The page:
— Evolution Of The Japanese, Social And Psychic • Sidney L. Gulick

... view,—the dunce with his eyes turned inward,—confining his duncehood to the bosom of his family. The dunce objective is the dunce butting against his neighbor's study-door,—intruding, obtruding, protruding his insipid folly and still more insipid wisdom at all times and seasons. He is a creature utterly devoid of shame. He is like Milton's angels, in one respect at least: you may thrust him through and through with the two-edged ...
— The Atlantic Monthly, Volume V, Number 29, March, 1860 - A Magazine Of Literature, Art, And Politics • Various

... unhesitatingly implored Blanch not to let him out of her sight—to go off with him alone as often as possible and flirt with him to any length; a tremendous concession on Mrs. Forest's part—nothing less than a complete surrender, she being one of those proud but insipid mortals whose temperature could be easily gauged by the inclination of her long, slender, slightly upturned nose which seemed to be forever pointing toward a better world. For her, it was not enough that one's appearance and innate refinement ...
— When Dreams Come True • Ritter Brown

... with the priests it is another and more serious matter, for two reasons: first, they possess an unbounded influence over the people; and secondly. Amasis himself retains more affection than he likes to acknowledge to us, for this absurd and insipid religion—a religion which appears doubly sacred to its adherents simply because it has existed in this eccentric land—unchanged for thousands of years. These priests make the king's life burdensome to him; they persecute and injure us in every possible way; and indeed, ...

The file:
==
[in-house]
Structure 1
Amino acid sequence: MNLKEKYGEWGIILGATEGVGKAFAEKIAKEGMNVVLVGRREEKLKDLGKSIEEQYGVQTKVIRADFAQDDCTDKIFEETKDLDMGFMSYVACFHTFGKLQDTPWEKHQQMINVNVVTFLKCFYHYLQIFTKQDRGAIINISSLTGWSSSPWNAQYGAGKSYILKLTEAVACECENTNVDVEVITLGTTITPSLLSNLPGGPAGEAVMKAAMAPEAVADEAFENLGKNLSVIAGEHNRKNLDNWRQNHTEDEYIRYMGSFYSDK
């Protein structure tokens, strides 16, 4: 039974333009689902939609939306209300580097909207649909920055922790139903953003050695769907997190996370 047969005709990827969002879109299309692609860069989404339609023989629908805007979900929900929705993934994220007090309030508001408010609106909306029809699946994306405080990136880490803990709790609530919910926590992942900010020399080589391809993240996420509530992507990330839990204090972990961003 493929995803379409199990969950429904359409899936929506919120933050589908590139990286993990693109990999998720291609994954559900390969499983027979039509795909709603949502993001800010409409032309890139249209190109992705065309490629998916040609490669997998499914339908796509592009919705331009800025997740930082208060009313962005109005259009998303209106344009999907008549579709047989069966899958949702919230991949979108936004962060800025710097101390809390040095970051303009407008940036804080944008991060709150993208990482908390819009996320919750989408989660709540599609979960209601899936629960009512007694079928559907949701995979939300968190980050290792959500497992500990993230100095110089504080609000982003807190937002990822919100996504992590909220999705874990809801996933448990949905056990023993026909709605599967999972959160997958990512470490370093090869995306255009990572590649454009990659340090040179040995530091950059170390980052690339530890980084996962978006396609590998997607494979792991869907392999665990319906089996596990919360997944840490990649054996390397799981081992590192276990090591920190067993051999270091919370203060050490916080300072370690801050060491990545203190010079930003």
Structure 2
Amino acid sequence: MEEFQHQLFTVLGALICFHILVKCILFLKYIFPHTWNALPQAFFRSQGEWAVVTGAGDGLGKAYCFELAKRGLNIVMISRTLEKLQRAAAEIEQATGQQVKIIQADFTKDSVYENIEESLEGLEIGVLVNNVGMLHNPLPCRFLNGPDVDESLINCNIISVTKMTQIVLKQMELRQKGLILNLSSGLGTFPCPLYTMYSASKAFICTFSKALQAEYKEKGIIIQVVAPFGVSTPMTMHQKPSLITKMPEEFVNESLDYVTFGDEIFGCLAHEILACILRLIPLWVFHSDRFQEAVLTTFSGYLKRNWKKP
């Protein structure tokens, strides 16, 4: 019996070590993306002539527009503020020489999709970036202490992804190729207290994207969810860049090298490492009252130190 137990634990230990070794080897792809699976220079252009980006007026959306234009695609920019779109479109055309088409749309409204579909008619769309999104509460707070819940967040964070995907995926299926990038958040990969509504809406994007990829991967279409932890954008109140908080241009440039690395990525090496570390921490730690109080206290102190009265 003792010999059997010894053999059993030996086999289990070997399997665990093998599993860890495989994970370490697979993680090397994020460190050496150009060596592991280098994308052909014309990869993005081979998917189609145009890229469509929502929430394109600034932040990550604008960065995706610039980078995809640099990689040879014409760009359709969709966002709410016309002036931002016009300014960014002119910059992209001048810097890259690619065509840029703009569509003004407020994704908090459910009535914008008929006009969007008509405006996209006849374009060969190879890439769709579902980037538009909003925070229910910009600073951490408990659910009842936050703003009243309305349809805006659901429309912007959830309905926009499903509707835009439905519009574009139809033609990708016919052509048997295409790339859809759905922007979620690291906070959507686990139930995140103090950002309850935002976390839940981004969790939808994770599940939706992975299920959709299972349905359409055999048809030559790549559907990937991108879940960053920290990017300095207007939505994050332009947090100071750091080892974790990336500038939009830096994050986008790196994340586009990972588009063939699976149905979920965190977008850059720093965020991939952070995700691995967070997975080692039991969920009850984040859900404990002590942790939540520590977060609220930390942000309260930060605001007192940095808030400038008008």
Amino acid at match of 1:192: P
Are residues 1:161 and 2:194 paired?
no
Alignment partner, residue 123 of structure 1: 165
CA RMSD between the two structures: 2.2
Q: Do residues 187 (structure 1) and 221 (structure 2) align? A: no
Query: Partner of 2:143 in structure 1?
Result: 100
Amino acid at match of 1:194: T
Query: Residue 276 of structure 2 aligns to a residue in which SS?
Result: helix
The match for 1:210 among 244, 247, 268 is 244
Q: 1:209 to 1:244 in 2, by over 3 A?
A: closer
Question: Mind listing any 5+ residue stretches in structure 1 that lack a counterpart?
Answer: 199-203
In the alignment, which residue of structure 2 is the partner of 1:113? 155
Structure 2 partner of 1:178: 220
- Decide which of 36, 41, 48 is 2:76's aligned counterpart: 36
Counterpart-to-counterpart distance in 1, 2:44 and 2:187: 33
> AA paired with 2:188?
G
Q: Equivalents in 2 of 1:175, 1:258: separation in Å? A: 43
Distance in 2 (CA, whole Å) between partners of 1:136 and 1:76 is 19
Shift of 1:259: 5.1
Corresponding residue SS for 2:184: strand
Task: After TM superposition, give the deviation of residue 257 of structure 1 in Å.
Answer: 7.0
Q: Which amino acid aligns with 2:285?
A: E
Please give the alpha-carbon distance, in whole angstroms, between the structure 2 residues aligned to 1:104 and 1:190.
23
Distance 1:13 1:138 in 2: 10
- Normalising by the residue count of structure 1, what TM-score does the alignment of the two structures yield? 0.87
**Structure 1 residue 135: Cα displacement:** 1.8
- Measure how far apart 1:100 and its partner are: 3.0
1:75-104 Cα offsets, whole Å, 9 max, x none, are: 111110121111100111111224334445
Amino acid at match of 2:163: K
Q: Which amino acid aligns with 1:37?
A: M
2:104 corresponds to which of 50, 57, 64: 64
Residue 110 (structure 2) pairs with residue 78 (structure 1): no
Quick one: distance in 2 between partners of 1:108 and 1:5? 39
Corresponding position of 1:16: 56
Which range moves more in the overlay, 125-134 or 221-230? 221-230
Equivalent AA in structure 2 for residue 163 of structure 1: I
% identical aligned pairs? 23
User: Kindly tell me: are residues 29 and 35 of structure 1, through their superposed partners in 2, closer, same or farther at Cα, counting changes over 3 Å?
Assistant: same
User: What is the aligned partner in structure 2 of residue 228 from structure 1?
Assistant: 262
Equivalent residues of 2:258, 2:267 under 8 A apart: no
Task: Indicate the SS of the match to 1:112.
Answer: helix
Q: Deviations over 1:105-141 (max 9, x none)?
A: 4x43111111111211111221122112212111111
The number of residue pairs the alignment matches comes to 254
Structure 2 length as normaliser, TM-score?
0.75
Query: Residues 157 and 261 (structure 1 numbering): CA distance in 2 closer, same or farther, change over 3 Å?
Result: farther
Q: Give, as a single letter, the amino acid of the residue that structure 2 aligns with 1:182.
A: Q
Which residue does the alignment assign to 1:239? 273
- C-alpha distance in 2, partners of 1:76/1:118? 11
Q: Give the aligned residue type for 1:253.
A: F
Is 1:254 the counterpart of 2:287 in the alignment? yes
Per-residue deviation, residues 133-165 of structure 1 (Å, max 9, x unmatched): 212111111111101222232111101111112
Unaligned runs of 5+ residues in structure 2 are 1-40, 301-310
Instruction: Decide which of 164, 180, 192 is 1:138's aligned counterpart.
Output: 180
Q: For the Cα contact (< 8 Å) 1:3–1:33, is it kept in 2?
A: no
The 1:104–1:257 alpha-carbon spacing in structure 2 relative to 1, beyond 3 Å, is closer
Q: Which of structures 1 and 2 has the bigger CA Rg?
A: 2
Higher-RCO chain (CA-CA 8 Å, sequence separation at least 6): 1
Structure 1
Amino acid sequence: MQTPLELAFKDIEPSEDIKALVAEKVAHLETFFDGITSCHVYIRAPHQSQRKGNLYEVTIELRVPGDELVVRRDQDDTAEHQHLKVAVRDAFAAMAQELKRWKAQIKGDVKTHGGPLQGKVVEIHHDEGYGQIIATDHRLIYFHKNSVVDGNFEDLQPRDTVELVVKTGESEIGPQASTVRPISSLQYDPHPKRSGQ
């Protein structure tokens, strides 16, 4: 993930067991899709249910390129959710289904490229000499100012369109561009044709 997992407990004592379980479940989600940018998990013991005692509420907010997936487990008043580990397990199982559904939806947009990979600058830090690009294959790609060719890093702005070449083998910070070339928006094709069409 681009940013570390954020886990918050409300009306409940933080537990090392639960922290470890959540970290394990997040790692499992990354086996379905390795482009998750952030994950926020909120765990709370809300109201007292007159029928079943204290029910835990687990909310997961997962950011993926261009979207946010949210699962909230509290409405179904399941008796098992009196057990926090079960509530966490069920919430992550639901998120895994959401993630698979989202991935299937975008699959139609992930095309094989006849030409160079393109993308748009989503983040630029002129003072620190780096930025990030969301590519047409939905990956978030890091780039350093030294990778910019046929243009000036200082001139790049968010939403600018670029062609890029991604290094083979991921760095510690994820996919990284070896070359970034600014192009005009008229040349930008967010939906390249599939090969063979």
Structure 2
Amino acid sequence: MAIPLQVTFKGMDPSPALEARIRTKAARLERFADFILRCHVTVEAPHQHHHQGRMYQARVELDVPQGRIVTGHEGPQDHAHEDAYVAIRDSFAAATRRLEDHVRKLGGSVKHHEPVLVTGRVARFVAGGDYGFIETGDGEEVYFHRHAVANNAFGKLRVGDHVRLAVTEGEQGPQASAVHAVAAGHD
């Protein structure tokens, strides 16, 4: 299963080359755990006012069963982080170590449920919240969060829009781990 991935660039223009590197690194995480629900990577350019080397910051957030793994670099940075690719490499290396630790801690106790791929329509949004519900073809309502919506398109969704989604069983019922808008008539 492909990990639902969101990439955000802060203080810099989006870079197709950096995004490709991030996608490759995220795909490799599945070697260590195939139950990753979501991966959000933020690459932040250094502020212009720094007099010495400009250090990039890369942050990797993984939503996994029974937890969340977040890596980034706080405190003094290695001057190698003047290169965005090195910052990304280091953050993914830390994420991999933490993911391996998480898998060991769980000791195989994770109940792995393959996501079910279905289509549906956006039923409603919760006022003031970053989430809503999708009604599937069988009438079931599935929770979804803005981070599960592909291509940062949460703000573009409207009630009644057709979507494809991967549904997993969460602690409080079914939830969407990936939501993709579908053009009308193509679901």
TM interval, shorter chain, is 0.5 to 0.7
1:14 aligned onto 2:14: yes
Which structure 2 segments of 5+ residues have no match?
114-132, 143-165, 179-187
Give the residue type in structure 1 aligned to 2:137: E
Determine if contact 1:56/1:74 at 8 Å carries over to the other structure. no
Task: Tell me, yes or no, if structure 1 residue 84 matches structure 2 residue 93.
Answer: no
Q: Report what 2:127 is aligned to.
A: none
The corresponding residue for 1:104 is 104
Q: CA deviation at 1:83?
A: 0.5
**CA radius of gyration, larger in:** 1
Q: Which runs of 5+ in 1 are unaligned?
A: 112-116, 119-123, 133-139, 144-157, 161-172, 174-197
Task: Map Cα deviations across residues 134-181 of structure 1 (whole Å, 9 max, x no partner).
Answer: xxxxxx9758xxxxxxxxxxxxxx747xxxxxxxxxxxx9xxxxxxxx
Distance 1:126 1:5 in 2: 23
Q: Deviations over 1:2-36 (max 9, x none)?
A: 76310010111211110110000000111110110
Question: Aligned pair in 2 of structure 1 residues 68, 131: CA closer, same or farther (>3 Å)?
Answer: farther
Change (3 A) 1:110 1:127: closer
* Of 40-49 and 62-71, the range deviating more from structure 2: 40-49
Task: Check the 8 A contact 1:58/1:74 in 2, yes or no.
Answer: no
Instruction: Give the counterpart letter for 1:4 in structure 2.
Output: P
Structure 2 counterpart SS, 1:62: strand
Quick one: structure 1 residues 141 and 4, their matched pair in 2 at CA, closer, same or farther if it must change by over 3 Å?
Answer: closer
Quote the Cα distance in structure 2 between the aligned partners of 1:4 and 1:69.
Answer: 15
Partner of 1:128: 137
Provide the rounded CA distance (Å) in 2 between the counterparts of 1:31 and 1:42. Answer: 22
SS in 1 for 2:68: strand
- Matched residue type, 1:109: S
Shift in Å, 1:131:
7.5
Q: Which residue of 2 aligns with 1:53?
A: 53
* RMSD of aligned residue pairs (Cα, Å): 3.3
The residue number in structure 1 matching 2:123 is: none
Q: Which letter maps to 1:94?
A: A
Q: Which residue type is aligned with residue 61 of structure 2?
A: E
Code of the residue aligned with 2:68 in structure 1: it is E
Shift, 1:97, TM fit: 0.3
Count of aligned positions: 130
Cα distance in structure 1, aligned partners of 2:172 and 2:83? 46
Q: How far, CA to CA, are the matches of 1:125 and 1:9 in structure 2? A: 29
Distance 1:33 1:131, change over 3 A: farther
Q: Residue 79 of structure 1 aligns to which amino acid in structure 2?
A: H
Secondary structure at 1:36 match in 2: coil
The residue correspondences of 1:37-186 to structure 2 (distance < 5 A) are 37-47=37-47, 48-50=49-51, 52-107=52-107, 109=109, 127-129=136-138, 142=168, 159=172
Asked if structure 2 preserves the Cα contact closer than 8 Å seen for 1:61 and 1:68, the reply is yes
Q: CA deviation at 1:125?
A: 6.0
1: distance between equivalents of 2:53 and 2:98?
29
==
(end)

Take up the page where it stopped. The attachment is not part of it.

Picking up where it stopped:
— Uarda • Georg Ebers

... in one dull, monotonous tone of voice, without regard to the sentiment expressed, would render the passage extremely insipid and lifeless. But by a proper modulation of the voice, it infuses into the mind of the reader or hearer the ...
— Sanders' Union Fourth Reader • Charles W. Sanders

... peppered over with tiny black specks, the renati, highly prized by the natives for their delicate flavour and soft flesh. There are of course loads of grapes, varying from the little honey-tasting purple sort, that has been introduced from California, to the huge but somewhat insipid bunches of the white Regina; we note also the quaintly shaped "Ladies' Fingers," which are especially sweet. The figs, massed together in serried layers between fresh vine leaves and costing a soldo the dozen, stand around in glossy purple pyramids, so luscious that their sugary tears are ...
— The Naples Riviera • Herbert M. Vaughan

... The most insipid pastoral nonsense of the time was produced by the Nuremberg poets, the Pegnitz shepherds Klaj and Harsdoerfer. Their strength lay in imitating the sounds of Nature, and they were much admired. What is still more astonishing, Lohenstein's writings ...
— The Development of the Feeling for Nature in the Middle Ages and - Modern Times • Alfred Biese